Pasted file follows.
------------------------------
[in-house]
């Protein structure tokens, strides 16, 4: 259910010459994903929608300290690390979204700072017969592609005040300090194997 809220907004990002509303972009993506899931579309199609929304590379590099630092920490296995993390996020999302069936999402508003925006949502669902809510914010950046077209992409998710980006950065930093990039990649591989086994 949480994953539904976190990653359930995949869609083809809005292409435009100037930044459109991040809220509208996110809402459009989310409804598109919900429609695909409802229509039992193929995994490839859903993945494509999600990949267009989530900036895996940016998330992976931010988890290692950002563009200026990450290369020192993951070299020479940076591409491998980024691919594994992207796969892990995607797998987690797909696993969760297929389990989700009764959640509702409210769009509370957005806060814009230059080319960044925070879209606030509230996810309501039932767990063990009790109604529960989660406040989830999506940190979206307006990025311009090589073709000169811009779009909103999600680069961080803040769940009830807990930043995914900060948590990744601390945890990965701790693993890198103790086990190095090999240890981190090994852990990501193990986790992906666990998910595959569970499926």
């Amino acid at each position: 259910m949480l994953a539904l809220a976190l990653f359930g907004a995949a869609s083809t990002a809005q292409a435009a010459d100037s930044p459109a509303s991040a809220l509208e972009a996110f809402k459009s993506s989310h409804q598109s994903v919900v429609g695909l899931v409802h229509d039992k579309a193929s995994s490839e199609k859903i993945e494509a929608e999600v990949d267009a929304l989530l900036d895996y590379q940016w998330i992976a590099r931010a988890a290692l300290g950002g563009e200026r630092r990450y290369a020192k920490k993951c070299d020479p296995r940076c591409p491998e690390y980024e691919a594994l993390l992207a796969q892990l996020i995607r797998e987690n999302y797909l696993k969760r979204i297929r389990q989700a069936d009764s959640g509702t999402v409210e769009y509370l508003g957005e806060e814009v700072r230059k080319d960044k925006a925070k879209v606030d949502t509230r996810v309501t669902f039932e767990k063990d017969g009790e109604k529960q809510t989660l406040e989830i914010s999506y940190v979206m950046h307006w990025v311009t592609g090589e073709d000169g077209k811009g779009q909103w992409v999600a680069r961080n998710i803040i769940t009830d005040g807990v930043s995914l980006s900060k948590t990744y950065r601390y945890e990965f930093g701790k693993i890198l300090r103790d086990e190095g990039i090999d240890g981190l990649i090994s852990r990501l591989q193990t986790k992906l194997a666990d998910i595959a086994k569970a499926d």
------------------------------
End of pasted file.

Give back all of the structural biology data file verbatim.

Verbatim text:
[in-house]
């Protein structure tokens, strides 16, 4: 259910010459994903929608300290690390979204700072017969592609005040300090194997 809220907004990002509303972009993506899931579309199609929304590379590099630092920490296995993390996020999302069936999402508003925006949502669902809510914010950046077209992409998710980006950065930093990039990649591989086994 949480994953539904976190990653359930995949869609083809809005292409435009100037930044459109991040809220509208996110809402459009989310409804598109919900429609695909409802229509039992193929995994490839859903993945494509999600990949267009989530900036895996940016998330992976931010988890290692950002563009200026990450290369020192993951070299020479940076591409491998980024691919594994992207796969892990995607797998987690797909696993969760297929389990989700009764959640509702409210769009509370957005806060814009230059080319960044925070879209606030509230996810309501039932767990063990009790109604529960989660406040989830999506940190979206307006990025311009090589073709000169811009779009909103999600680069961080803040769940009830807990930043995914900060948590990744601390945890990965701790693993890198103790086990190095090999240890981190090994852990990501193990986790992906666990998910595959569970499926």
């Amino acid at each position: 259910m949480l994953a539904l809220a976190l990653f359930g907004a995949a869609s083809t990002a809005q292409a435009a010459d100037s930044p459109a509303s991040a809220l509208e972009a996110f809402k459009s993506s989310h409804q598109s994903v919900v429609g695909l899931v409802h229509d039992k579309a193929s995994s490839e199609k859903i993945e494509a929608e999600v990949d267009a929304l989530l900036d895996y590379q940016w998330i992976a590099r931010a988890a290692l300290g950002g563009e200026r630092r990450y290369a020192k920490k993951c070299d020479p296995r940076c591409p491998e690390y980024e691919a594994l993390l992207a796969q892990l996020i995607r797998e987690n999302y797909l696993k969760r979204i297929r389990q989700a069936d009764s959640g509702t999402v409210e769009y509370l508003g957005e806060e814009v700072r230059k080319d960044k925006a925070k879209v606030d949502t509230r996810v309501t669902f039932e767990k063990d017969g009790e109604k529960q809510t989660l406040e989830i914010s999506y940190v979206m950046h307006w990025v311009t592609g090589e073709d000169g077209k811009g779009q909103w992409v999600a680069r961080n998710i803040i769940t009830d005040g807990v930043s995914l980006s900060k948590t990744y950065r601390y945890e990965f930093g701790k693993i890198l300090r103790d086990e190095g990039i090999d240890g981190l990649i090994s852990r990501l591989q193990t986790k992906l194997a666990d998910i595959a086994k569970a499926d």